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More evacuations in Republic of Congo, preliminary cease-fire announced

June 10, 1997

BRAZZAVILLE, Republic of Congo (AP) _ French soldiers rescued more shaken foreigners today from areas of the capital hardest-hit by fighting between government troops and rebel forces loyal to a former dictator.

Despite promising signs of truce talks in the Republic of Congo, mortar and machine gun fire continued today around Brazzaville’s airport even as 150 new evacuees arrived in a French-protected convoy.

People who had reached the airport described gruesome scenes in the city center: bodies strewn across streets littered with spent shells; three victims sprawled out of a bullet-riddled limousine.

French troops headed at first light into the more dangerous sections in the capital of this equatorial African nation, a former French colony, to pick up people stranded by the violence.

The fighting erupted Thursday when President Patrick Lissouba tried to disarm the 5,000-man ``Cobra″ militia of Gen. Denis Sassou-Nguesso amid fears he would try to disrupt next month’s presidential elections.

The militia resisted, and intense battles ensued.

Sassou-Nguessa’s militia appeared to have gained control of the northern and central sections of the city, while government troops held southern neighborhoods.

As of today, French and U.S. officials had airlifted about 900 foreigners from Republic of Congo, which touches on the Atlantic Ocean and is next to its much-larger neighbor, Congo, formerly known as Zaire.

But thousands remained. The United States has been unable to evacuate 13 of 28 American diplomats, the State Department said. And two dozen American civilians were holed up at the U.S. embassy hoping to leave.

U.S. officials suspended evacuation efforts Sunday amid the heavy fighting after flying about 100 people _ half of them Americans _ to neighboring Congo.

In Paris, officials said late Monday that French President Jacques Chirac secured an agreement from Sassou-Nguesso and Lissouba to hold peace talks, but that no date was set. The warring parties still must work out details, the officials said.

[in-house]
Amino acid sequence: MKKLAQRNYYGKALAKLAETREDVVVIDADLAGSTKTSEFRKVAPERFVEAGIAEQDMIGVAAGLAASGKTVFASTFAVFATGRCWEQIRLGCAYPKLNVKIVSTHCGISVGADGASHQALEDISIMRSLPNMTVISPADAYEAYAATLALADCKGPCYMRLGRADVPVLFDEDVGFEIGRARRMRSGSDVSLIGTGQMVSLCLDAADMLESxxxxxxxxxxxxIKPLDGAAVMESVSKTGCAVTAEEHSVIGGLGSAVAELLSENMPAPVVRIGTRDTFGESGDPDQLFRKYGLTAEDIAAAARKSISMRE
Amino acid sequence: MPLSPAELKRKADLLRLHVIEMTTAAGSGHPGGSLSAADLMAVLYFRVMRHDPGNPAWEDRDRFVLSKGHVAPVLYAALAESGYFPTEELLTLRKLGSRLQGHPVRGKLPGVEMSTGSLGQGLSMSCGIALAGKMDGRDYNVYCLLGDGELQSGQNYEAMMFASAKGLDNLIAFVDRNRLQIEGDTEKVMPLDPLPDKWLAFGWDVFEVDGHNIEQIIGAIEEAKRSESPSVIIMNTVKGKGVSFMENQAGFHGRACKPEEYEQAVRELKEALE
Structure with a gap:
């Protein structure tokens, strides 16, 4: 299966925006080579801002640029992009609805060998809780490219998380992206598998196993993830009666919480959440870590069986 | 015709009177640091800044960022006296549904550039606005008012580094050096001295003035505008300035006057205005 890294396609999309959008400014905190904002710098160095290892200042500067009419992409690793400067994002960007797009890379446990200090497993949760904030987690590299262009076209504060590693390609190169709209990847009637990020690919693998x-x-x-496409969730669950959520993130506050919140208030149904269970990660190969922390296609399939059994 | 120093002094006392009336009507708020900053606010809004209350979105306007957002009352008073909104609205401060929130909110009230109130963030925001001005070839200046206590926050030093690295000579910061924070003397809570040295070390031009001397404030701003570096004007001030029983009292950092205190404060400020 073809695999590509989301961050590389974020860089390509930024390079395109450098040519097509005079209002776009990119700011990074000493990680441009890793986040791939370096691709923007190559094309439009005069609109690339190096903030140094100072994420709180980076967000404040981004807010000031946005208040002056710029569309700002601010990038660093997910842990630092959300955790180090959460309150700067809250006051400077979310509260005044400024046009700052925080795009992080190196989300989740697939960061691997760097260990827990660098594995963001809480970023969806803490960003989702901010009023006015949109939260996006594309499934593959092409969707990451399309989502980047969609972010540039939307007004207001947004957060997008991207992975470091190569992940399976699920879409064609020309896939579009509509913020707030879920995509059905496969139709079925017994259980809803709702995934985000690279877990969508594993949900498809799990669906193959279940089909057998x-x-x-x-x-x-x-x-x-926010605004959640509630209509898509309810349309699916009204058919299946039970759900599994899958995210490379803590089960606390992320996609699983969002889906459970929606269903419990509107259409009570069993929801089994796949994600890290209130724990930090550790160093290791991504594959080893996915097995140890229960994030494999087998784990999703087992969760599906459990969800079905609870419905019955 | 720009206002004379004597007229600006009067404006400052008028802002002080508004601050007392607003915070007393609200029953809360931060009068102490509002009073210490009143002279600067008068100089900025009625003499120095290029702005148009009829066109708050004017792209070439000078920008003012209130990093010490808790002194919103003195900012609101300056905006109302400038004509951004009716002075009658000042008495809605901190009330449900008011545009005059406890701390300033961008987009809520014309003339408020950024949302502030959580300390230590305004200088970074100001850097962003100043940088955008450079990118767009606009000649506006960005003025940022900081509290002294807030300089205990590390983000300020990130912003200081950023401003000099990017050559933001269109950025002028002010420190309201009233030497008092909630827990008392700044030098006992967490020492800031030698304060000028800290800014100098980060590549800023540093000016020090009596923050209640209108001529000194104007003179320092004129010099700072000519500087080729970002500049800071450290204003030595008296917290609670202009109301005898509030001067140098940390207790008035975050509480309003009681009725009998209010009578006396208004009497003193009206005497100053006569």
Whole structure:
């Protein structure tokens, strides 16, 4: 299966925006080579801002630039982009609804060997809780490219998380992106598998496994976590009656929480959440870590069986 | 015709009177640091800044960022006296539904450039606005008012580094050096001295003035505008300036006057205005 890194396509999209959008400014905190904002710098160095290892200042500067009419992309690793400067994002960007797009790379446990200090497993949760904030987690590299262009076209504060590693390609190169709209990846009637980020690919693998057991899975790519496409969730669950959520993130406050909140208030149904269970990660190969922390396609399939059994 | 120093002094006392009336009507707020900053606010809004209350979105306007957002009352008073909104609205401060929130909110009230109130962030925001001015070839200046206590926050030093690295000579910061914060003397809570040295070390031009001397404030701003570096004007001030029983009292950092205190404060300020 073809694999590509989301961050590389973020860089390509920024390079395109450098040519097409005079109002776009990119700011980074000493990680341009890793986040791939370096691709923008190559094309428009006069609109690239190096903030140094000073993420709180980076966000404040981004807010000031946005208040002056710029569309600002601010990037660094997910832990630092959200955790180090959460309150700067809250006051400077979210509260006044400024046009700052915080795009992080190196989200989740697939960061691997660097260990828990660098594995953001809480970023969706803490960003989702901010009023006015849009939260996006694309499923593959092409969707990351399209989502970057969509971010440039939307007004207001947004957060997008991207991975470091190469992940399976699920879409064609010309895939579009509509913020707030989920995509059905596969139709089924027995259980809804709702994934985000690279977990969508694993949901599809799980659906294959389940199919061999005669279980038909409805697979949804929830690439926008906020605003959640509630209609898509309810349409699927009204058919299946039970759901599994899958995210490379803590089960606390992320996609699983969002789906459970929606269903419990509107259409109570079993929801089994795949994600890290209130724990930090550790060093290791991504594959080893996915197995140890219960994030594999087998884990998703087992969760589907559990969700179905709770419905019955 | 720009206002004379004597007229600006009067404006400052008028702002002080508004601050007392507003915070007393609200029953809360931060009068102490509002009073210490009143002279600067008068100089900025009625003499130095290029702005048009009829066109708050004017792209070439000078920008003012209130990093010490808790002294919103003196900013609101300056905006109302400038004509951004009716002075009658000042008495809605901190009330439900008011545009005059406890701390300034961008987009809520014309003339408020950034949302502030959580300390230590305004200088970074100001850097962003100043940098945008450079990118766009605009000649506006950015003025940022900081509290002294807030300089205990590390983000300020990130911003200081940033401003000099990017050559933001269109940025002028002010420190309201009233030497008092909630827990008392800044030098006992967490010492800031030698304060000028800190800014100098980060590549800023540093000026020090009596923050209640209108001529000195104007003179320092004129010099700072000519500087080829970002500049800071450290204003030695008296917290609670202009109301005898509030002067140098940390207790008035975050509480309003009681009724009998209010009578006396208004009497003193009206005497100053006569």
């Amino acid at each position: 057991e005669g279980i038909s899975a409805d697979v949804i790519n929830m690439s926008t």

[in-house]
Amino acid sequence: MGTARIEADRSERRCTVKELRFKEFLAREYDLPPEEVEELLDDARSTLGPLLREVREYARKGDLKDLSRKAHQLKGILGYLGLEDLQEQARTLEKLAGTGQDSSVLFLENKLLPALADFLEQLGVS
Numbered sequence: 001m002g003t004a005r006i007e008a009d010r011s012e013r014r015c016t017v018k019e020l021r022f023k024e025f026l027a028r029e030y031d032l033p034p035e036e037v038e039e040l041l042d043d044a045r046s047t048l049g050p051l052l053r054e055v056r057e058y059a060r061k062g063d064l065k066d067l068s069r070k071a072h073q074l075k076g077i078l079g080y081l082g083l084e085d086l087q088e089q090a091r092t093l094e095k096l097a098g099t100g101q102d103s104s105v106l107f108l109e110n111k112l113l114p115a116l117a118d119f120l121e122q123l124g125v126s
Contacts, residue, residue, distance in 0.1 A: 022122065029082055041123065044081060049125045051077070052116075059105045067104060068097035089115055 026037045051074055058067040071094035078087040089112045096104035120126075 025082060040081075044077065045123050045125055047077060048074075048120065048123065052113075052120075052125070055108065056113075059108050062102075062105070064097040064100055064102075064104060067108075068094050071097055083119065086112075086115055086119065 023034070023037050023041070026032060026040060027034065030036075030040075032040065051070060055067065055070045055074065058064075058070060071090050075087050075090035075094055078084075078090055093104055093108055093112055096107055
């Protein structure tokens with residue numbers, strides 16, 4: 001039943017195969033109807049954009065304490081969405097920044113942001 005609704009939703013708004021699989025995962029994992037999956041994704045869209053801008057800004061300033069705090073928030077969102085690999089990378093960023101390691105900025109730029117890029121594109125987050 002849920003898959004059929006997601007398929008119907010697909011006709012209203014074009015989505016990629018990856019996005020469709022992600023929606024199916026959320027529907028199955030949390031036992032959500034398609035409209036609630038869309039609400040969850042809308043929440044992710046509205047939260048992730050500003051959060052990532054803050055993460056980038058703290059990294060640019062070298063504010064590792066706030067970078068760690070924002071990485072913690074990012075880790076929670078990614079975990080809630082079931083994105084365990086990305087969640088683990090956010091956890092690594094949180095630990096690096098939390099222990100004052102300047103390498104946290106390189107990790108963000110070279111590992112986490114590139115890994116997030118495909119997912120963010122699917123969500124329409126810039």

The French hoped to airlift 500 people today. About 100 people flew early today to the coastal city of Pointe-Noire, leaving 300-400 waiting with luggage, children and pets, including a rabbit that hopped out of its owner’s grasp and disappeared in surrounding fields.

Hundreds of French paratroopers dropped from the skies Monday to bolster the French operation, which so far has airlifted about 800 people. About 1,200 French troops sent from other African countries and Paris were expected in Brazzaville by the end of today.

At least one French soldier has been killed, struck down by gunfire last week while trying to extricate civilians from two hotels in a beseiged downtown neighborhood.

The United Nations refugee agency also has evacuated 62 people, and about 50 Chinese fled in two small aircraft to Kinshasa on Monday.

British aid worker Richard Bartlett, holed up in one of the hotels, the Cosmos, said the expanded evacuation plans could not come too soon.

``It is only a matter of time before the hotel gets hit,″ said Bartlett, an engineer for Oxfam contacted by satellite phone. ``We are desperately hoping French or American troops will be able to cross the front lines to reach us.″

Throughout the day Monday, foreigners in the capital flocked to the airport’s Aeroclub, a resort for private pilots.

The foreigners _ mostly French or from neighboring Congo _ said the city’s Centreville neighborhood was strewn with dead bodies, spent shells and shattered glass. One woman shook with sobs while her three small children played at her feet.

``We spent four days locked up in the house. We saw bullets landing in the garden and heard explosions that made the walls shake,″ said Therese Prat, a 54-year-old French jeweler.

Prat said government troops looted her home and stole her car. ``We’ve been here since 1965 and now we’ve lost everything.″

Others reported being mistreated by Cobra rebel forces.

``We hadn’t eaten for three days, so we tried to go and buy bread, and we were stopped by the Cobras who made us stand in the sewage ditch,″ said Elisee Oba, a 24-year-old hairdresser from Congo. They confiscated her papers and let her go.

The leader of the Cobras, Sassou-Nguesso, ruled as a dictator for more than a decade until he was forced to introduce political reforms in 1991.

Elections the following year installed Lissouba as president. The antagonism between the two men erupted in bloodshed during legislative elections the following year.

Sassou-Nguesso and another opposition leader, Bernard Kolelas, accused Lissouba of rigging the vote. Resulting violence left 2,000 people dead and led to each man creating a personal militia.

The Republic of Congo has 2.6 million people. A French colony from 1880 to 1960, its economy survives mainly on exports of oil, wood, coffee and diamonds.